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(Slate)   And I shall call it...Mini Planet   (slate.com) divider line 5
    More: Cool, planets, exoplanets, astronomers, Kepler observatory, light-years, astronomical transit, orbits  
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4931 clicks; posted to Geek » on 20 Feb 2013 at 6:21 PM (1 year ago)   |  Favorite    |   share:  Share on Twitter share via Email Share on Facebook   more»



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2013-02-21 04:43:40 AM
1 votes:
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2013-02-21 04:39:59 AM
1 votes:

dennysgod: ManateeGag: so THAT's a planet, but Pluto gets farked?

That's because it's still bigger then Pluto, hell our Moon is bigger then Pluto.


And Pluto is mostly made out of ice, and has an orbit which crosses the orbit of another planet...

Pluto ain't a planet.

=Smidge=
2013-02-20 08:18:37 PM
1 votes:

meanmutton: ManateeGag: so THAT's a planet, but Pluto gets farked?

The term planet has no definition based on size.  This a planet because it's (presumably) cleared its orbit of any other objects.  (I'm saying presumably because if there was an asteroid belt we would likely have never detected it).

Pluto is no more a planet than Ceres, Makemake, Eris, or Haumea.


And they aren't planets because no one could possibly remember more than 9? Sorry, we should have craptons of planets if that's the breaks, not make it 8 cause a small subset of scientists couldn't think of a good reason to include Pluto that would exclude similar "non"-planets. At least a few of which there is no good reason to exclude.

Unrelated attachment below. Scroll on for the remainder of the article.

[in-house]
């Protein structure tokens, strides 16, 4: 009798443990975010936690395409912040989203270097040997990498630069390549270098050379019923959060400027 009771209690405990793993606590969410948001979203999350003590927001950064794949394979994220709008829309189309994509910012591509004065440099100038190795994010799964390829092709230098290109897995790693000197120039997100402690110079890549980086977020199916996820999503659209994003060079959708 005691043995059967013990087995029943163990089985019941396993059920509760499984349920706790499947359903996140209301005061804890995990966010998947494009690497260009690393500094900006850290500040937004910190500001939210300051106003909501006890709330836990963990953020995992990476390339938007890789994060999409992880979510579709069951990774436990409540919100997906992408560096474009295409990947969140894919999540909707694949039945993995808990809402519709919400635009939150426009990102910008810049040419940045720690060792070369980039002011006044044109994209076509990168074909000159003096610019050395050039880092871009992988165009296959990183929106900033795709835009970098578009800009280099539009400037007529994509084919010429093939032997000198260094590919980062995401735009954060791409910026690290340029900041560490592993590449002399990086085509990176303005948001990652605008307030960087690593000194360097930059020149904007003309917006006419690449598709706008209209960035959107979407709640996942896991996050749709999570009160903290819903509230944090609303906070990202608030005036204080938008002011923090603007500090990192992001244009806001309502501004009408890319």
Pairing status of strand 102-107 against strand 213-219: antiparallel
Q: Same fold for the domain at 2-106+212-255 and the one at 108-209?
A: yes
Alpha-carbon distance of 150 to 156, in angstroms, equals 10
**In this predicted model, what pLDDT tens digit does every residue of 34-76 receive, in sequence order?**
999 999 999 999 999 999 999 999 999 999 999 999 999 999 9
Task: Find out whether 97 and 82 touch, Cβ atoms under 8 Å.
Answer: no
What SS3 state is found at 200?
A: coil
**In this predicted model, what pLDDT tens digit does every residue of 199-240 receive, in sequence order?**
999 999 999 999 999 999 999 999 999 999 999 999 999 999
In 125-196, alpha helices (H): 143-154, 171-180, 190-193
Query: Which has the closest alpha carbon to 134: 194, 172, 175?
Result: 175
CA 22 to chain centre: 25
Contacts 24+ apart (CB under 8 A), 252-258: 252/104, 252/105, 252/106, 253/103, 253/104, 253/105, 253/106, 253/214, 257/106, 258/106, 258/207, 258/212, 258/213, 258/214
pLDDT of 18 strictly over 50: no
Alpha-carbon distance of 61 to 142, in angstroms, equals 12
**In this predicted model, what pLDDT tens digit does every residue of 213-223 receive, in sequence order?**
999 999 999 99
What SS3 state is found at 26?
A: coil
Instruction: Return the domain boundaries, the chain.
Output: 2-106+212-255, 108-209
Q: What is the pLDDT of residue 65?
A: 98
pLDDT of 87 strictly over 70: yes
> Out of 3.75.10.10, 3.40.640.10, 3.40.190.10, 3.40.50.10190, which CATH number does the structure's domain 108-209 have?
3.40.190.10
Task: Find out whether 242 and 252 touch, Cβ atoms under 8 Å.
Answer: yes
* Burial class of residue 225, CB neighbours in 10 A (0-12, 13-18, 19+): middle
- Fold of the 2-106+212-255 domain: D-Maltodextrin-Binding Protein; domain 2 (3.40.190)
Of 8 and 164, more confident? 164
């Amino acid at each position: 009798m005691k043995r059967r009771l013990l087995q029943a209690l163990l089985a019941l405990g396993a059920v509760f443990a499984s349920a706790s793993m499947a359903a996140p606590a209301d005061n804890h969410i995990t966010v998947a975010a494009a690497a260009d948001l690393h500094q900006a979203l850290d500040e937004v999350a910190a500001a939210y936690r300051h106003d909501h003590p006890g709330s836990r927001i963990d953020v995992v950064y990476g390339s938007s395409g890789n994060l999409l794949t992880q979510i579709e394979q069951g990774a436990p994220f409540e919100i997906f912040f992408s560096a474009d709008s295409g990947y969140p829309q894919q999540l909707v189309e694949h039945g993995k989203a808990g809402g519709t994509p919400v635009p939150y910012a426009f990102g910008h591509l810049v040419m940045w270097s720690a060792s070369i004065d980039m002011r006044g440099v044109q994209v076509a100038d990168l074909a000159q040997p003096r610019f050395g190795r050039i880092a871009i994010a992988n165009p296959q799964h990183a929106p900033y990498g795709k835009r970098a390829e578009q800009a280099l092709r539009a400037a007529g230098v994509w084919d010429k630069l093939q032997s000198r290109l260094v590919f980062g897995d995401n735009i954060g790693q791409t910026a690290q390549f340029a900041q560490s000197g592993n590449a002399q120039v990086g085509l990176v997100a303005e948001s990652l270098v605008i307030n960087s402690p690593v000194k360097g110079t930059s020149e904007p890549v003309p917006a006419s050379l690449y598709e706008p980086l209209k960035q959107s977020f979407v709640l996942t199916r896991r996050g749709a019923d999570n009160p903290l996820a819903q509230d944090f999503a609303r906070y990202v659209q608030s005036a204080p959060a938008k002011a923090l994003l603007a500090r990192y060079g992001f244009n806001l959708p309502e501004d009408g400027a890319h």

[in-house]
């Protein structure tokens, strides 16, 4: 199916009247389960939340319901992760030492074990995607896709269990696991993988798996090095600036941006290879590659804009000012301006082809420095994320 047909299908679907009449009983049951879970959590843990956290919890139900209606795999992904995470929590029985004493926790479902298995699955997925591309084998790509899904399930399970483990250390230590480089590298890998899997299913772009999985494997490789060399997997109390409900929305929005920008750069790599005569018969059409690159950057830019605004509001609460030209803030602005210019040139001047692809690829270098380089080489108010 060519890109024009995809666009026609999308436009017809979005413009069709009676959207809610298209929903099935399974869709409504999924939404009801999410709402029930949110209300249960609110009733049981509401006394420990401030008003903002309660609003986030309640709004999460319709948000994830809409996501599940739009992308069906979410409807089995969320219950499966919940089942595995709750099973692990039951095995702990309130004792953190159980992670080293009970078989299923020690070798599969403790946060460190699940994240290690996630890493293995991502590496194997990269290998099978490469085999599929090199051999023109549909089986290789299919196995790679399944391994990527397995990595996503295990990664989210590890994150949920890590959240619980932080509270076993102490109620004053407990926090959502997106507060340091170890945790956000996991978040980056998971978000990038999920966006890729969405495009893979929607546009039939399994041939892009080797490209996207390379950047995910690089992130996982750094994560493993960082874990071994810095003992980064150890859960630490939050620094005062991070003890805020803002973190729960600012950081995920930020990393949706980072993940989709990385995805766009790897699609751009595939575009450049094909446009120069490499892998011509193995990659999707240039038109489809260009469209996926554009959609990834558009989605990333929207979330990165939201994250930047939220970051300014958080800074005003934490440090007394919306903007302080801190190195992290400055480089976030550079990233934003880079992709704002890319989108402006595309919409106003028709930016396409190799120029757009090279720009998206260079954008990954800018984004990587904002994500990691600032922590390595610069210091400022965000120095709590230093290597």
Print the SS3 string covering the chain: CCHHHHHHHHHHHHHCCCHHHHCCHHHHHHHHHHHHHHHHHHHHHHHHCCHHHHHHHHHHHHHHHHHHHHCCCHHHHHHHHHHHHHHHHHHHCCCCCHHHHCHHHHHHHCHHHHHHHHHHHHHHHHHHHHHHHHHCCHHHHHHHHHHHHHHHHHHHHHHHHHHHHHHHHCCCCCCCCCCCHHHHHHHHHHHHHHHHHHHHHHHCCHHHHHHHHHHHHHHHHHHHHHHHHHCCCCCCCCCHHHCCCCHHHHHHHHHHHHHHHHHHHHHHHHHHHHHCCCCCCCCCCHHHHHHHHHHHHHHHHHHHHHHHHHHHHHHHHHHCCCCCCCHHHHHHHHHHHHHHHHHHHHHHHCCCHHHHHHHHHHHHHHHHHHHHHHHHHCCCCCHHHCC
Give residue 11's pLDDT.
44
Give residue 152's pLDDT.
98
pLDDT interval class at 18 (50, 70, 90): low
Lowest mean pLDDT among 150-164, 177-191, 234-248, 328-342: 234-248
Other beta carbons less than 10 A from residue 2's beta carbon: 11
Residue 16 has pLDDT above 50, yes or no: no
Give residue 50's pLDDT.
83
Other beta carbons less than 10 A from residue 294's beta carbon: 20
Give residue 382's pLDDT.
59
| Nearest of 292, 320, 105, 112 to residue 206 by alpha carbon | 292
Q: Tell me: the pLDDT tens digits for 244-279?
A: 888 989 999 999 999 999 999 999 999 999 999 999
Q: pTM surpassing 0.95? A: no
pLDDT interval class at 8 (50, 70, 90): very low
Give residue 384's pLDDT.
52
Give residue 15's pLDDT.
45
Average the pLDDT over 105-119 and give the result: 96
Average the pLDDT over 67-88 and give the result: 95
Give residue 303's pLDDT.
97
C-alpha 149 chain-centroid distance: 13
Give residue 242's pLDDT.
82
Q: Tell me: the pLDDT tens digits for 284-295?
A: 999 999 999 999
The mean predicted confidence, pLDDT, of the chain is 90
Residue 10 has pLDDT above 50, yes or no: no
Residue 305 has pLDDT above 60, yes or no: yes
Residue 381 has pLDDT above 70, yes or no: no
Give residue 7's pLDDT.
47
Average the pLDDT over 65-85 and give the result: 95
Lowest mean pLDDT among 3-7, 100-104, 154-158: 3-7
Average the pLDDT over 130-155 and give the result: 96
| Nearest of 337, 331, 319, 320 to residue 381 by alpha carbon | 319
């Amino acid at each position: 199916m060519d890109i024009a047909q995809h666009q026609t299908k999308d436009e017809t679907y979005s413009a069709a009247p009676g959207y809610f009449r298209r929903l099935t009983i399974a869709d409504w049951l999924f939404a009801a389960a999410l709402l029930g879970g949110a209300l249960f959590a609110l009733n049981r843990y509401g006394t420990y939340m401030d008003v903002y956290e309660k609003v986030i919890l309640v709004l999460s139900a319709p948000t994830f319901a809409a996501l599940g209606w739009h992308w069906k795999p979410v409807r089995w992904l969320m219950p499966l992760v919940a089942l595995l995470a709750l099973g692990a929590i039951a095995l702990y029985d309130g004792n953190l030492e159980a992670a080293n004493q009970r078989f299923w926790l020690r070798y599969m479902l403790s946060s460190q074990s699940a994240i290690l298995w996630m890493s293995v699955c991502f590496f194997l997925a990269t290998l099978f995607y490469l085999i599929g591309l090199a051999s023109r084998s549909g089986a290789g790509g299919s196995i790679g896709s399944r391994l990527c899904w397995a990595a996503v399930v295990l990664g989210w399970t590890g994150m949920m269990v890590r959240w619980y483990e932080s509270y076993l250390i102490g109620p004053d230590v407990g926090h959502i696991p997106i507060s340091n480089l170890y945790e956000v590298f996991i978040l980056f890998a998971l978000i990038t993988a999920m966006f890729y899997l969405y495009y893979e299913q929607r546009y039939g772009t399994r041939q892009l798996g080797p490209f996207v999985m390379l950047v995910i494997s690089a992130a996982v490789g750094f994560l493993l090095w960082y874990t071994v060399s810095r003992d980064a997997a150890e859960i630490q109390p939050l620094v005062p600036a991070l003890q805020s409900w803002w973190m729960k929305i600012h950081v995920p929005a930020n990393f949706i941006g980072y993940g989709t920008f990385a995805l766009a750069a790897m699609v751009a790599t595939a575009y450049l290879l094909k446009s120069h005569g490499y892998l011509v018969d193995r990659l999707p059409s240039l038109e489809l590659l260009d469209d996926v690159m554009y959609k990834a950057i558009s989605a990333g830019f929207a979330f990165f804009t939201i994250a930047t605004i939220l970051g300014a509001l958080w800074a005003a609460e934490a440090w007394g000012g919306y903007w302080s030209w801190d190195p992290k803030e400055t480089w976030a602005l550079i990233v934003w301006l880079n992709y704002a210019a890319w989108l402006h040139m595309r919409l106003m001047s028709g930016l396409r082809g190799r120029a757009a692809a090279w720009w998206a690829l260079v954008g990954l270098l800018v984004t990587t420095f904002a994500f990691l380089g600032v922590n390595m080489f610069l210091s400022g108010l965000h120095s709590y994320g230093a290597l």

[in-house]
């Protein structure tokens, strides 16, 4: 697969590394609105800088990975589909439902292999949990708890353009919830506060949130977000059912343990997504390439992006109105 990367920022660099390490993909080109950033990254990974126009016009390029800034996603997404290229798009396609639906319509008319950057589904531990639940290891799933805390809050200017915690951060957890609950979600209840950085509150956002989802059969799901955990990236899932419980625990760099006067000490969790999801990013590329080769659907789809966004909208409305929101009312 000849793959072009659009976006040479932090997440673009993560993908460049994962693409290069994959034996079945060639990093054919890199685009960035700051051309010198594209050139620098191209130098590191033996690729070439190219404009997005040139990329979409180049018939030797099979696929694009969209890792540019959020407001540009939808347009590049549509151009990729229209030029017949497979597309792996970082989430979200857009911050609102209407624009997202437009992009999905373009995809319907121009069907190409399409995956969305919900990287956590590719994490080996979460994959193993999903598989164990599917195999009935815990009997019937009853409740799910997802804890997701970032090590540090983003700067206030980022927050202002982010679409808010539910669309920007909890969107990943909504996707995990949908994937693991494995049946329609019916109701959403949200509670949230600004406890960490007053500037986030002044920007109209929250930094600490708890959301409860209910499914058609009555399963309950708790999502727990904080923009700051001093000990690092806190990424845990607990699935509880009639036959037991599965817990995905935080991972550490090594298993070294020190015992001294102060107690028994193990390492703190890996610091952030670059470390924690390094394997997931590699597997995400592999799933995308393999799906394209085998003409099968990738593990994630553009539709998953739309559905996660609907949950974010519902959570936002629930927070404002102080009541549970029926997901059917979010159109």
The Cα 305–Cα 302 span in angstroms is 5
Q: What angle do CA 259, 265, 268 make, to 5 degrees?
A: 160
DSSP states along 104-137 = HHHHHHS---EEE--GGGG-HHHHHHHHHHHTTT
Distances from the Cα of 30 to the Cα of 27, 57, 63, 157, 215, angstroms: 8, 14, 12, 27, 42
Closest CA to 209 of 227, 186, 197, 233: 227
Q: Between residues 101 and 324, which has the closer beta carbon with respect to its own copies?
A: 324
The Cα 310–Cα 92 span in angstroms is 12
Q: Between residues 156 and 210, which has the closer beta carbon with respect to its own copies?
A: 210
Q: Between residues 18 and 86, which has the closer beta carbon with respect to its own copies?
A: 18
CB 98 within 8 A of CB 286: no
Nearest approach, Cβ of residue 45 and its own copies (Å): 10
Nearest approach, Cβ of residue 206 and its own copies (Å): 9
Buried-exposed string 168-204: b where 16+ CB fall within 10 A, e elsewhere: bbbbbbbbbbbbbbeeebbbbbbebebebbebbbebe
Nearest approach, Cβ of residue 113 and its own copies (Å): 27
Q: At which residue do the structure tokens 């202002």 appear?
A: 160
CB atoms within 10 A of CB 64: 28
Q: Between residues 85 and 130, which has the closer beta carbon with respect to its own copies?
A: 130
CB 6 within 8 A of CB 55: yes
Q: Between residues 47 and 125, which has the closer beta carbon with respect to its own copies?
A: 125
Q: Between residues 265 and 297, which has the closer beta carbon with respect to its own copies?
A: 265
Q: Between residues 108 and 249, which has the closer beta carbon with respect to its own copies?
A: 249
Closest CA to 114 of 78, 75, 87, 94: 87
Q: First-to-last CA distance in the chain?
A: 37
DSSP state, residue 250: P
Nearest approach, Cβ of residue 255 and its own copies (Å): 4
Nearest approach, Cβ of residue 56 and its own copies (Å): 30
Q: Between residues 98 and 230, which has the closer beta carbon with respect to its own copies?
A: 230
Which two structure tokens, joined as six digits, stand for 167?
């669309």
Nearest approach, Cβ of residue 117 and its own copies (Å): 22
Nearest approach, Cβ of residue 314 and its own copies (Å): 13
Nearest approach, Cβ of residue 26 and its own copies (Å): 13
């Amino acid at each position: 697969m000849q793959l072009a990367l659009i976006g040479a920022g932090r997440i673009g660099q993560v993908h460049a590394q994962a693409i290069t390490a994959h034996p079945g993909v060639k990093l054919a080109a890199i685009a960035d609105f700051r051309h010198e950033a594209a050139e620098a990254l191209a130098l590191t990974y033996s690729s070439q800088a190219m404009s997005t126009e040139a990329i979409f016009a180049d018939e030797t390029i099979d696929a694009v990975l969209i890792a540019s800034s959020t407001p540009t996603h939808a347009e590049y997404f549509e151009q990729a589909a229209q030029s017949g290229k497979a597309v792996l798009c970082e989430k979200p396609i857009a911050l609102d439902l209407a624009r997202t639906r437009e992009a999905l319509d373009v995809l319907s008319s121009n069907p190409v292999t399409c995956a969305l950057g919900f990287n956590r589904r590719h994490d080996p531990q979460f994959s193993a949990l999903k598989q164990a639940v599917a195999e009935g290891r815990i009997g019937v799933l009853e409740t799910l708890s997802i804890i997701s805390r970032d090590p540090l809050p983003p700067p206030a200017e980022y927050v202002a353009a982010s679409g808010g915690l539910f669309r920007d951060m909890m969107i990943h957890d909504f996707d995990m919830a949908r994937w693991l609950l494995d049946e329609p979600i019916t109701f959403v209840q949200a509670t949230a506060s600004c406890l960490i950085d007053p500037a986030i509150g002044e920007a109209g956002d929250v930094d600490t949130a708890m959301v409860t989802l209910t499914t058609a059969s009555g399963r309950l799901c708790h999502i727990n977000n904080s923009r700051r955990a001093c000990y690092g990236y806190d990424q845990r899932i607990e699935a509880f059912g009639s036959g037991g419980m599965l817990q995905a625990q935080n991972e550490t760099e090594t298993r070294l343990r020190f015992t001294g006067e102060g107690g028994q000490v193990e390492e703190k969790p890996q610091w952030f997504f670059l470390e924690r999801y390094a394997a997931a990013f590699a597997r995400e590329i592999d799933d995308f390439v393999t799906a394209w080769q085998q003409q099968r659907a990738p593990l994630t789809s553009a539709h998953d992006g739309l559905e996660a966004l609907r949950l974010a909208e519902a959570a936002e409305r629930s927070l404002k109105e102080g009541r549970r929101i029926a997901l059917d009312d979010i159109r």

Hell, if a planet the size of freaking Jupiter went rogue and ended up in orbit off plane around our son, it wouldn't be a "planet" either. That's just foolish.

Ceres is 950km in diameter, and in between Mars and Jupiter, orbits the sun at about 10 degrees off plane, and appears to have satellites/moons of its own. Stop me when this no longer sounds like a planet. Unless it's too small.

Pluto is ~2200km in diameter, has a significant moon, orbits at 17 degrees and has an oddly ovular orbit unlike the 8 planets and Ceres, possibly due to being a captured rogue "planet". The only reason it wouldn't be a planet is an arbitrary orbital distinction, which Ceres lacks.

Both Pluto and Ceres have really good planet qualifications and were arbitrarily excluded because we didn't want "too many".

You want to better define planet, fine. Make it based on size/mass/ability to sustain a spheroid shape/atmospheric capability, something logical  and reasonable. Why make it based on arbitrary planar guidelines and debris existing in an objects orbit?

\Moon needs looking at as a word far more than planet did. If you got a tennis ball into space, and could toss it around a planet, and get it orbit... BAM moon. Nice definition. Debris should not = moon. % size relative to planet, flat size... something. There are "moons" vastly smaller than asteroids. When 1km diameter can make a moon. That's a fail.
2013-02-20 07:41:49 PM
1 votes:

ManateeGag: so THAT's a planet, but Pluto gets farked?


The term planet has no definition based on size.  This a planet because it's (presumably) cleared its orbit of any other objects.  (I'm saying presumably because if there was an asteroid belt we would likely have never detected it).

Pluto is no more a planet than Ceres, Makemake, Eris, or Haumea.
2013-02-20 06:35:44 PM
1 votes:

ManateeGag: so THAT's a planet, but Pluto gets farked?


Eh. The IAU "definition" of planet is kind of meaningless anyway, with huge amounts of grey area, and things that should be  planets but aren't because of technicalities. As our knowledge expands, we'll see increasing problems in this shortsighted definition.
 
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